Ernest McDowell, Joe Sewell - FR-1 Fireball (Mini in action Number 5)
Squadron/Signal Publications | 1995 | ISBN: 0897473442 | English | 50 pages | PDF | 36.19 MB
Squadron/Signal Publications 1605
When the United States Navy made the decision to enter the jet age, Navy planners were faced with a number of problems, especially given the state of the art at the time. Early jets required long runways for their take off runs and their high speed landing roll outs. Their high rate of fuel consumption resulted in a short range. This was compounded by the need for carriers to carry jet fuel in addition to standard aviition gasoline. These problems, coupled with the tricycle landing gear, which had never been used on a carrier, and the need for a catapult assisted take off would all have to be overcome before jets could go to sea on carriers.
Pilots would be required to develop special techniques to handle the tricycle gear and operating these jets from the smaller class of escort carriers did not seem to be possible.
One possible solution to these problems seemed to be a composite aircraft, one combining a piston engine with a jet engine in the same airframe. It was felt that such an aircraft would offer the best features of each power system, could be developed much faster and could operate from any carrier in the fleet at that time. The jet engine would provide the extra power needed for added speed in combat, give the aircraft a faster rate of climb and improve operational capabilities at all altitudes. It would also offer added safety, since the aircraft would be basically a twin engined aircraft and, if one of the engines became inoperative, it could return to the ship on the other. The piston engine would be used for take off and landing, for wave offs and for the most economical fuel consumption rate at cruising speeds.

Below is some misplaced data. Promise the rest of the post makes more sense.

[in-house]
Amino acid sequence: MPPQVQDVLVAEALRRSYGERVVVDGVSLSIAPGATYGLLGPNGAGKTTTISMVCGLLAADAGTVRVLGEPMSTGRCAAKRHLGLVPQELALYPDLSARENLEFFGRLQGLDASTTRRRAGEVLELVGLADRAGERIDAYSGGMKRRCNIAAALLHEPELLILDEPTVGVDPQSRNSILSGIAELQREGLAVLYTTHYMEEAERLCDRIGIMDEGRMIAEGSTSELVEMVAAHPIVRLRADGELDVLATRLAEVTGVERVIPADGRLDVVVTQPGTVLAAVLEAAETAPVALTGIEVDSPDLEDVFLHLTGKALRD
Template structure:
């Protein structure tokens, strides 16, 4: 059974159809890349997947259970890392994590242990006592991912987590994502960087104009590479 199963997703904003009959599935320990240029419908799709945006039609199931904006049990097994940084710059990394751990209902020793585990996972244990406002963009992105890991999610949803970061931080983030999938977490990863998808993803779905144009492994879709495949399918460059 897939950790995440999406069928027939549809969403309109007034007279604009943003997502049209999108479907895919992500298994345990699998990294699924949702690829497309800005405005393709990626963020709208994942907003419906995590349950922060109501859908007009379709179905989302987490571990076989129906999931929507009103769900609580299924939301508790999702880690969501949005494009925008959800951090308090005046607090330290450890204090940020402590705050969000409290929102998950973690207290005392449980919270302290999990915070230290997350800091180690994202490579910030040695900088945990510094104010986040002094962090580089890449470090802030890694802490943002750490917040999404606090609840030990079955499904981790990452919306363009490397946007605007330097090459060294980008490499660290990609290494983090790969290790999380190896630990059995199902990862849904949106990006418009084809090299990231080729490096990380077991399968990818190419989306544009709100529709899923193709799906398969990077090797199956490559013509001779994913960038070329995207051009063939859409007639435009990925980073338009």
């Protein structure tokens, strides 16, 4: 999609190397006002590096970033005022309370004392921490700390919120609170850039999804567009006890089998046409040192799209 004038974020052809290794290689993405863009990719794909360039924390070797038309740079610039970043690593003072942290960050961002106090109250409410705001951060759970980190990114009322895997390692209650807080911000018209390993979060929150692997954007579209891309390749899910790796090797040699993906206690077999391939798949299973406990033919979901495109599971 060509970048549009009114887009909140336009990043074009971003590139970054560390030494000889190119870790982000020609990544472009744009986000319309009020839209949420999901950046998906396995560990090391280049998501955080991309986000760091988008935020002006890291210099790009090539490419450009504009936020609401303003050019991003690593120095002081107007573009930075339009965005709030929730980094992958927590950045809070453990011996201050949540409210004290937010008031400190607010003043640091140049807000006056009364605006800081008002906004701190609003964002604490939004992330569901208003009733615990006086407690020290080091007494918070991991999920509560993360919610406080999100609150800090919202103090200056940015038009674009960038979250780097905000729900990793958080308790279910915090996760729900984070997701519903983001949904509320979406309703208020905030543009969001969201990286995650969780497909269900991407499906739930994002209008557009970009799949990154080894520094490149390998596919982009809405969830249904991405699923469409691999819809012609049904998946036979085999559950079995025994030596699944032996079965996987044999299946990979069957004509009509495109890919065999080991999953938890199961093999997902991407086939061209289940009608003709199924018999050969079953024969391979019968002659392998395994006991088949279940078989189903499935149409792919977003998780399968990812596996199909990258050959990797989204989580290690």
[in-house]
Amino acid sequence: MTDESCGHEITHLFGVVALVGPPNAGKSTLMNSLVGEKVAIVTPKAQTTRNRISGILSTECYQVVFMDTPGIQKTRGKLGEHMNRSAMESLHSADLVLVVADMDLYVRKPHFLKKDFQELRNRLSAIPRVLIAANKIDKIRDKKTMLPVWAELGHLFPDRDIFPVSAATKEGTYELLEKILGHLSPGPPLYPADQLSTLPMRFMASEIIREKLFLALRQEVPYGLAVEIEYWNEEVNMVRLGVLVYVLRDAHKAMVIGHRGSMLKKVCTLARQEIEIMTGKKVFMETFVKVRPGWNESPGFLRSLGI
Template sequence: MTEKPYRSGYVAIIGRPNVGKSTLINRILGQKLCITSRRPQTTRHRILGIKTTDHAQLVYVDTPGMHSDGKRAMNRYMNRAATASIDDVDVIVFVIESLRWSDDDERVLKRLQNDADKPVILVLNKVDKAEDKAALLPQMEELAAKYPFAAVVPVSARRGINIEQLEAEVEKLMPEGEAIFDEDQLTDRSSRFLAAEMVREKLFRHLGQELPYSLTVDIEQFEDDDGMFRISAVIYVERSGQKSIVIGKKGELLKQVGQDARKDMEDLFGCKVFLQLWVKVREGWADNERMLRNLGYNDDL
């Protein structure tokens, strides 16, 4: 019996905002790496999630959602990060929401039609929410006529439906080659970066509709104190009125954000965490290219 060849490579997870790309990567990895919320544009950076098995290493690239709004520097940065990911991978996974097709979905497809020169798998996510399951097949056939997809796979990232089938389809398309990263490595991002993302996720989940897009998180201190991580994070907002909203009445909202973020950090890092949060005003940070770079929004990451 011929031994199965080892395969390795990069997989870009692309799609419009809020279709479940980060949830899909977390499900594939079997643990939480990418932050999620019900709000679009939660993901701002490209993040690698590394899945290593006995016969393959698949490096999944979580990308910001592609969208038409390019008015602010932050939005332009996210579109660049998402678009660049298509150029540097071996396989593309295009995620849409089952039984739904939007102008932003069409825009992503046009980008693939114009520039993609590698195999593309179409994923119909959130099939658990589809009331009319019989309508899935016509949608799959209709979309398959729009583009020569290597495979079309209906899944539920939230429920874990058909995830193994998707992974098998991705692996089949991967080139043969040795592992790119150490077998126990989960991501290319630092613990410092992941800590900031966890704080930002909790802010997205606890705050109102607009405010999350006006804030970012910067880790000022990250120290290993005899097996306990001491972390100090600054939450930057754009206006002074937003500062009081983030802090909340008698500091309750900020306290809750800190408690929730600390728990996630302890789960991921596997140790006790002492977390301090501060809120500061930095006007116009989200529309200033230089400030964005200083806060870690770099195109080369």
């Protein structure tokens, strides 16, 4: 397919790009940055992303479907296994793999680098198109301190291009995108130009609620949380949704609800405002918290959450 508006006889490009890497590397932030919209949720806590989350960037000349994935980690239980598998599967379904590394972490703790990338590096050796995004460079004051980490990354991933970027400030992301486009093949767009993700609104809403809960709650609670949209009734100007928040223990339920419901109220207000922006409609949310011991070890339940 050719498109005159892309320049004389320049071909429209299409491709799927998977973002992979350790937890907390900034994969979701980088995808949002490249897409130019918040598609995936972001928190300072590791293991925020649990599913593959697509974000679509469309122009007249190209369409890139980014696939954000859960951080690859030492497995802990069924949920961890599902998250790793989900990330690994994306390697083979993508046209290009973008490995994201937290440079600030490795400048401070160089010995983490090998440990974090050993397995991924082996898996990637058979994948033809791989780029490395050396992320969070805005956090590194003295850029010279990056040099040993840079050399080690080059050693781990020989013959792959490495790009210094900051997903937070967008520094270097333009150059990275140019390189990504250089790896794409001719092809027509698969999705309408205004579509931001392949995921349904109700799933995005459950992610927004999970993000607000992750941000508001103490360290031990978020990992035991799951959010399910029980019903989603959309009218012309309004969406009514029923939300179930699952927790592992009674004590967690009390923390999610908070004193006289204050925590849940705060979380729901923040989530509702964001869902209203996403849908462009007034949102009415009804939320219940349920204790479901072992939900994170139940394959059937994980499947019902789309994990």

It was obvious that this compromise clearly offered, at least, a temporary solution to the problems facing the Bureau of Aeronatutics (BuAer) headed by Admiral John S. McClain, in December of 1942. Consequently, a proposal for a composite fighter was drawn up and issued to nine aircraft manufacturing companies, including the Ryan Aeronautical Corporation of San Diego, California.
Ryan at once indicated their interest in the project and requested a meeting with the Navy officials which was quickly arranged. It only took Ryan's Chief Engineer, Ben T. Solmon , three hours to convince the Navy people that Ryan would be up to the task and that they had grasped the objectives of the proposal and were capable of doing the job.